Mr. CÁRCAMO TAPIA said education in Chile was a broad matter, but one of the issues was linked to the free market. There was now a disassociation between the usefulness of labour and finding a career path. Right now, there was a lack of content in education, notably a lack of civic education in the schooling system. Creating youth parliaments was one solution; however, an effort to do so in Chile had failed. Youth did not have much trust in political parties. Social networks and the Internet were tools to promote gender equality; however, in Chile, the means used by young people to express themselves were more traditional, including meetings at student centres or demonstrations.
Labour and gender equality was a serious situation in Chile, he said. Greater access to child-care facilities was needed to help women to study and work. Also important was to educate children at an early age. The university where he had studied offered free child-care for mothers. There was also a great interest in participating in gender-equality education in secondary schools and serving that population should be explored.
He pointed to legislation as another area for improvement, such as extended maternity leave for women. However, he added, that caused problems for them in a competitive workplace. Any legislation aimed at protecting women should not result in hurting them. Also in Chile, he noted that there was tremendous opposition to addressing sexual education at the primary and secondary school levels.
Responding to a question about the role of tradition, he said small organizations dealt with gender equality in his country, including a Catholic group of women who addressed traditions in that light. Much could be done, however, through informal education, including through Scout organizations.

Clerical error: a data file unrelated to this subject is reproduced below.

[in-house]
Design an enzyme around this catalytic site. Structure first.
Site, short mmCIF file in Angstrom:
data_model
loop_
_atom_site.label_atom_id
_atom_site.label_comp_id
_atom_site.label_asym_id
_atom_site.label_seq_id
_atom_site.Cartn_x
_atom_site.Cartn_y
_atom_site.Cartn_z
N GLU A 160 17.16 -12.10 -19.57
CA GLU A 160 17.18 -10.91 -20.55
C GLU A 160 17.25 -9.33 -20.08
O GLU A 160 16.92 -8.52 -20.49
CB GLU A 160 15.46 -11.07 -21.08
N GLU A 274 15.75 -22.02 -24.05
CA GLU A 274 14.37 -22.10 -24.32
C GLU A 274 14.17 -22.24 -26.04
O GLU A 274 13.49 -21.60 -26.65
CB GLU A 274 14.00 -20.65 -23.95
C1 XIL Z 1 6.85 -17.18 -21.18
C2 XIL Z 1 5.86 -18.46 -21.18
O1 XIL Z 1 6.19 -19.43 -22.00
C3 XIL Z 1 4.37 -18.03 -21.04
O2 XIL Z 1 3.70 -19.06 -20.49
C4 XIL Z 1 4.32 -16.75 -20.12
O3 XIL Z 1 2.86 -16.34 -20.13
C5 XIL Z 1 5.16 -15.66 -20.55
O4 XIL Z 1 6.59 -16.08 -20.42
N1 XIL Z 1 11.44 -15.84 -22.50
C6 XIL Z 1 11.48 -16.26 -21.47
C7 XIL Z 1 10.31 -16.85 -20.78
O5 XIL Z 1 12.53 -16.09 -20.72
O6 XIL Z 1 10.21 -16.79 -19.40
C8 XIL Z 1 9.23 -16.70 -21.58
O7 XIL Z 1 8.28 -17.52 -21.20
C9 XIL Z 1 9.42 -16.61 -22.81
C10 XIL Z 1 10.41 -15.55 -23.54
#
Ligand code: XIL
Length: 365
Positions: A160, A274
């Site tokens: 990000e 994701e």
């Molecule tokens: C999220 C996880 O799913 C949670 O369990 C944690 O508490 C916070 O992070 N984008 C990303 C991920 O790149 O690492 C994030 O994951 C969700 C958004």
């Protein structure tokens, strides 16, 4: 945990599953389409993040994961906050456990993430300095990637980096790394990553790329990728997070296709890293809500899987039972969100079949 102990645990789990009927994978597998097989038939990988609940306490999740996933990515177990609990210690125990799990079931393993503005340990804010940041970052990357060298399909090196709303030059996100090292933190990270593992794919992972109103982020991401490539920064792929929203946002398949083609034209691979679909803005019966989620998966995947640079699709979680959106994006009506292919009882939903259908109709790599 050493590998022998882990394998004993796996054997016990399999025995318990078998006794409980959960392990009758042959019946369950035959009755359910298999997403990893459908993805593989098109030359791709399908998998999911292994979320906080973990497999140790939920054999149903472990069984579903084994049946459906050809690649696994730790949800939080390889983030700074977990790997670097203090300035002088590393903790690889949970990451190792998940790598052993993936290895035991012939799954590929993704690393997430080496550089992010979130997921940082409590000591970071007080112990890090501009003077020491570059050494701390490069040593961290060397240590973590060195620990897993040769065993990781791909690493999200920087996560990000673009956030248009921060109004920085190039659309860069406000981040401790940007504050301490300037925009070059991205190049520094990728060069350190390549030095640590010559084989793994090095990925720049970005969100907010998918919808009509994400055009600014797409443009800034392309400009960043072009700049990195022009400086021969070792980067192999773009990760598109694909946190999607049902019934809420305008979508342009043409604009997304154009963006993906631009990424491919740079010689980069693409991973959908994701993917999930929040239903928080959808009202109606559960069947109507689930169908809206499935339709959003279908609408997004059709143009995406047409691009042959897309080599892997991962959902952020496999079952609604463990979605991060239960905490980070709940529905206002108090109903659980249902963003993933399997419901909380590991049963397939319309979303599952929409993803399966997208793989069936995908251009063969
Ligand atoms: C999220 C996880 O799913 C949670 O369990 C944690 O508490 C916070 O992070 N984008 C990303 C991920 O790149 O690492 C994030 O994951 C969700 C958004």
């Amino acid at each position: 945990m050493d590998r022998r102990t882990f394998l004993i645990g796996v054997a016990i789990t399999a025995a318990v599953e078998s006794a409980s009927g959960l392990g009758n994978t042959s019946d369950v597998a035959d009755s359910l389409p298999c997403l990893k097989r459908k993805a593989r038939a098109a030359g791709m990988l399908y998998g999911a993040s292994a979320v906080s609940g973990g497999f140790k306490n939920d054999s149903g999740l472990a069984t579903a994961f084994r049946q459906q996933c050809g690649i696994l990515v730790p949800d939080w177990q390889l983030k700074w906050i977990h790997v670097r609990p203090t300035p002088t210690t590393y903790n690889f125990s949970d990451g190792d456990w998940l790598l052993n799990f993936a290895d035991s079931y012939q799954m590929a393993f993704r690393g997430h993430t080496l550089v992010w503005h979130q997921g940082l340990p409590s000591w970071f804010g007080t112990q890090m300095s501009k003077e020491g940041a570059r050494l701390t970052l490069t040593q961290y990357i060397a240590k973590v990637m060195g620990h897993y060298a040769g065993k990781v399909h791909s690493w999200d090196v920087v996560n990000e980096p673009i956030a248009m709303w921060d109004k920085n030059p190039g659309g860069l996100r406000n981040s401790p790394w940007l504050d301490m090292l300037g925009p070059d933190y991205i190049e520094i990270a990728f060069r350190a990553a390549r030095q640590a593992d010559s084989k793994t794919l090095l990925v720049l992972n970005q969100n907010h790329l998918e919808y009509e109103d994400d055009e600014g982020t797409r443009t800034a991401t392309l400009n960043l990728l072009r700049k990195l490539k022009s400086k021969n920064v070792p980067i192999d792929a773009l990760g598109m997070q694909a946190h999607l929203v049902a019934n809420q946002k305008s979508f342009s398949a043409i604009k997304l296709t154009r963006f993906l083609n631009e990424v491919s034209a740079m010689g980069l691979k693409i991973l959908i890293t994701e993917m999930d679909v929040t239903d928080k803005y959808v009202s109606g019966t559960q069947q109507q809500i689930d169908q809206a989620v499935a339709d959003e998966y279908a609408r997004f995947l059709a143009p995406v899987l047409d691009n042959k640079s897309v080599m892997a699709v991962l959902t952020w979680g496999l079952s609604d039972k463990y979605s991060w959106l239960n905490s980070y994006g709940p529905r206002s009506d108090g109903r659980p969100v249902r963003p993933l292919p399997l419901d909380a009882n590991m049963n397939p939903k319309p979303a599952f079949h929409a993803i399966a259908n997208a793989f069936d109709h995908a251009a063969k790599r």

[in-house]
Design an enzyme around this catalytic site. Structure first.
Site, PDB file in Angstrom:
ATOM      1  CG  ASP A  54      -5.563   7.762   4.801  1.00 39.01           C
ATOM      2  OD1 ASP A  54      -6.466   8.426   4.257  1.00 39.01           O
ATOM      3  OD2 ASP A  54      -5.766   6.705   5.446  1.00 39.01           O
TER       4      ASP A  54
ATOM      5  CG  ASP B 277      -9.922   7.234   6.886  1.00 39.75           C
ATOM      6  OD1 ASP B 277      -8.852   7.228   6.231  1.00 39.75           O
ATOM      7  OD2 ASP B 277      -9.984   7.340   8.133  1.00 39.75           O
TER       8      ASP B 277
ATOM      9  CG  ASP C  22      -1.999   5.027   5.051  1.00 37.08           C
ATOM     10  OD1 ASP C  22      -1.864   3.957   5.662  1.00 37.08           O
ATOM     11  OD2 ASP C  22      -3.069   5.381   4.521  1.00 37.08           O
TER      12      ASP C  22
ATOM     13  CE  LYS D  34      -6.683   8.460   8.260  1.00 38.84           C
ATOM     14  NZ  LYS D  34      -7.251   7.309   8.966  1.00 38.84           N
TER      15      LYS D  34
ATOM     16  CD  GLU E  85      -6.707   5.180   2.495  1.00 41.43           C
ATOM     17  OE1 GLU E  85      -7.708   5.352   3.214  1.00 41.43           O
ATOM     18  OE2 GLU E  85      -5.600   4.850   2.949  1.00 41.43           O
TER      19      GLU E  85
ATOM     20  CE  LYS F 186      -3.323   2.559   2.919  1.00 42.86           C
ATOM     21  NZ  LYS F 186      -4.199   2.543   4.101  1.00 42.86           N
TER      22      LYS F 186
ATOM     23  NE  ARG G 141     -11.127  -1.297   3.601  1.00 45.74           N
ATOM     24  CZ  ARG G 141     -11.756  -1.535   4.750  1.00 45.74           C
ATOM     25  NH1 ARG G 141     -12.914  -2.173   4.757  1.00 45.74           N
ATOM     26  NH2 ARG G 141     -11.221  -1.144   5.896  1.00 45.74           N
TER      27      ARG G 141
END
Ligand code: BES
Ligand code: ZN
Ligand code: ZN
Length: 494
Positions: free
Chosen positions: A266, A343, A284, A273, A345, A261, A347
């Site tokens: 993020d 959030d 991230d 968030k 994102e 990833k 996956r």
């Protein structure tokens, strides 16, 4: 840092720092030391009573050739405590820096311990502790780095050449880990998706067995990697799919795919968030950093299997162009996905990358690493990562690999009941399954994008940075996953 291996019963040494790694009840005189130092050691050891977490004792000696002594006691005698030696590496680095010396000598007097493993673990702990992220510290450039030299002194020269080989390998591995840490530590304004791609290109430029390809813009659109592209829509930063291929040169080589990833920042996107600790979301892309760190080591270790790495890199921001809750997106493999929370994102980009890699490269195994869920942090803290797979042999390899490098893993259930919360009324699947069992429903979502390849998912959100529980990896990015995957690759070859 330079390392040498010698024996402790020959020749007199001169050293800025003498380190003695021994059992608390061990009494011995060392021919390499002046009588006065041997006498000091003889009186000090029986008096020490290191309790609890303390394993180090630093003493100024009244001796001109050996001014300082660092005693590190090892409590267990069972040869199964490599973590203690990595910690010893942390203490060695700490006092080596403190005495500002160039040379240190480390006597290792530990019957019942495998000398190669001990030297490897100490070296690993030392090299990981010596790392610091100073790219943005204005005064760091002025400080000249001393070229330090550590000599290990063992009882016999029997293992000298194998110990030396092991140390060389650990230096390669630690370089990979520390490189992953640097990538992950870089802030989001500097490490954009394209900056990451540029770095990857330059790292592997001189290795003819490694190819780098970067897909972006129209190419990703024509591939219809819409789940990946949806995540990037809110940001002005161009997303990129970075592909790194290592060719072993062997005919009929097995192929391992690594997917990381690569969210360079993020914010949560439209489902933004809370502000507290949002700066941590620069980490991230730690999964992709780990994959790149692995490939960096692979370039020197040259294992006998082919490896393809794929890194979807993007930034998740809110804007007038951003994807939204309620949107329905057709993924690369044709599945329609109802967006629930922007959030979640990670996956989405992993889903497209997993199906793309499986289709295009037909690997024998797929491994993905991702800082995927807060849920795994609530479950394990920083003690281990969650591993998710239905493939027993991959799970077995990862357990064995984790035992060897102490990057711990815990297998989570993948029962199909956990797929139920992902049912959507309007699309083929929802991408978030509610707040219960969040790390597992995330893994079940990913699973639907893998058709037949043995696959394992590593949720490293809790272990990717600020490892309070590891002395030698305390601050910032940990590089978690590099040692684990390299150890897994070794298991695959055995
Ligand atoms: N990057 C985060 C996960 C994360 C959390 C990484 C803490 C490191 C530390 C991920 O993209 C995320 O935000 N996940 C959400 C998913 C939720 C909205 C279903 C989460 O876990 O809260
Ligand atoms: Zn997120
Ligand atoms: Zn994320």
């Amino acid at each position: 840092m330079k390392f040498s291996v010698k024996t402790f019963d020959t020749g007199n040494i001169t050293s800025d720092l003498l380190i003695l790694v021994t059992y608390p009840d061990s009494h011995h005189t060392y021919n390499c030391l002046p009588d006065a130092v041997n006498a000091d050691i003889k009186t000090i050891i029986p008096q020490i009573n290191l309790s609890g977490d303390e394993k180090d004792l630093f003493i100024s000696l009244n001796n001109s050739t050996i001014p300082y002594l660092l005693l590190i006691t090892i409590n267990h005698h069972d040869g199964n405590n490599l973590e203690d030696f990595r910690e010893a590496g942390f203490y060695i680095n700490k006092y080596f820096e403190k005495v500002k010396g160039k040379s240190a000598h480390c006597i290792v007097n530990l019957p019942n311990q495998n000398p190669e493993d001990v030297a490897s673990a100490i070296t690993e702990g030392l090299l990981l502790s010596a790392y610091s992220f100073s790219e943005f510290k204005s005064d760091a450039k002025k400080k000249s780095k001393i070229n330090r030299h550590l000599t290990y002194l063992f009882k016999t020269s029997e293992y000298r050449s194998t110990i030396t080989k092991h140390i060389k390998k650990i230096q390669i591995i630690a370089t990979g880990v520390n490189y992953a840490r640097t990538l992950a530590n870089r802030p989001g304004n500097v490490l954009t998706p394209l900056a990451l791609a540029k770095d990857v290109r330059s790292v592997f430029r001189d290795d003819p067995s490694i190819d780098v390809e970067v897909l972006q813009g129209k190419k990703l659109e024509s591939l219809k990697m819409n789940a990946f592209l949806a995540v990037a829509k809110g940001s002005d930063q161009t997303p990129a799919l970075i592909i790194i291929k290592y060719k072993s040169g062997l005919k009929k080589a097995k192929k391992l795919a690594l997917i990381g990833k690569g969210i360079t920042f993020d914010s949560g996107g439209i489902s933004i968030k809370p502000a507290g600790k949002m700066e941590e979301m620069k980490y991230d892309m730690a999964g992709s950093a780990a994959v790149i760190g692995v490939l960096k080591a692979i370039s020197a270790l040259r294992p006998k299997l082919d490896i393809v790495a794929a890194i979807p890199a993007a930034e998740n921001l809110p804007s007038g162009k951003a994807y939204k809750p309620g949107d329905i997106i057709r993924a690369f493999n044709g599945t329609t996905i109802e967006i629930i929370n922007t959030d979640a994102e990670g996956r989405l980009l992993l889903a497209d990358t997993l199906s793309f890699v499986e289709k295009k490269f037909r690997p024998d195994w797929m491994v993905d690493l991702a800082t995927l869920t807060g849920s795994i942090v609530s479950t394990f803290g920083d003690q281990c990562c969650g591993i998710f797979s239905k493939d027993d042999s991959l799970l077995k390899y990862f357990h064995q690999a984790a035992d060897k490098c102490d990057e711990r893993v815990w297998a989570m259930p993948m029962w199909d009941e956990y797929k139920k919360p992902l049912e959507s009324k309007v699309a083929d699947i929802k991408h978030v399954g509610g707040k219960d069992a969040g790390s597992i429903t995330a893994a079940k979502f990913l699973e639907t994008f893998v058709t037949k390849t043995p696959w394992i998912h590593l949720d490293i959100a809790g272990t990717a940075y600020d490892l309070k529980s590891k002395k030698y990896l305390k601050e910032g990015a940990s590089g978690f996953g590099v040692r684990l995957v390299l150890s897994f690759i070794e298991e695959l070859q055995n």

Ms. AKULLQ noted that Uganda’s Constitution recognized youth as those aged 18 to 35, and said there was indeed a need to redefine “youth” based on demographics. To better support young people, Governments should address a range of areas and involve youth. They should also invest in families and parenting. Young people today, including in Uganda, were finding jobs, and they should be included in activities aimed at creating employment, she added.
The Chair then asked for one example of a short, concrete action to recommend to policymakers to better engage young people in promoting gender issues. Ms. ADAM said a quota would help. She also mentioned that a young representative today had noted that the United Nations was not giving enough opportunities to participate. “It was time to consider this,” she said, adding that one youth for each delegation should be included in this Commission. “It’s time we included more young people in our conferences.”
Mr. CHANDRA said primary school curriculums should absolutely include gender education, while Mr. CARCAMO TAPIA said that to complement education, inequality and all forms of violence must be eradicated. There was a need for prevention measures, as well as for addressing domestic violence with a specific focus on youth, for instance, establishing centres for young women victims of violence.
Ms. AQULLQ added that Governments should invest in families.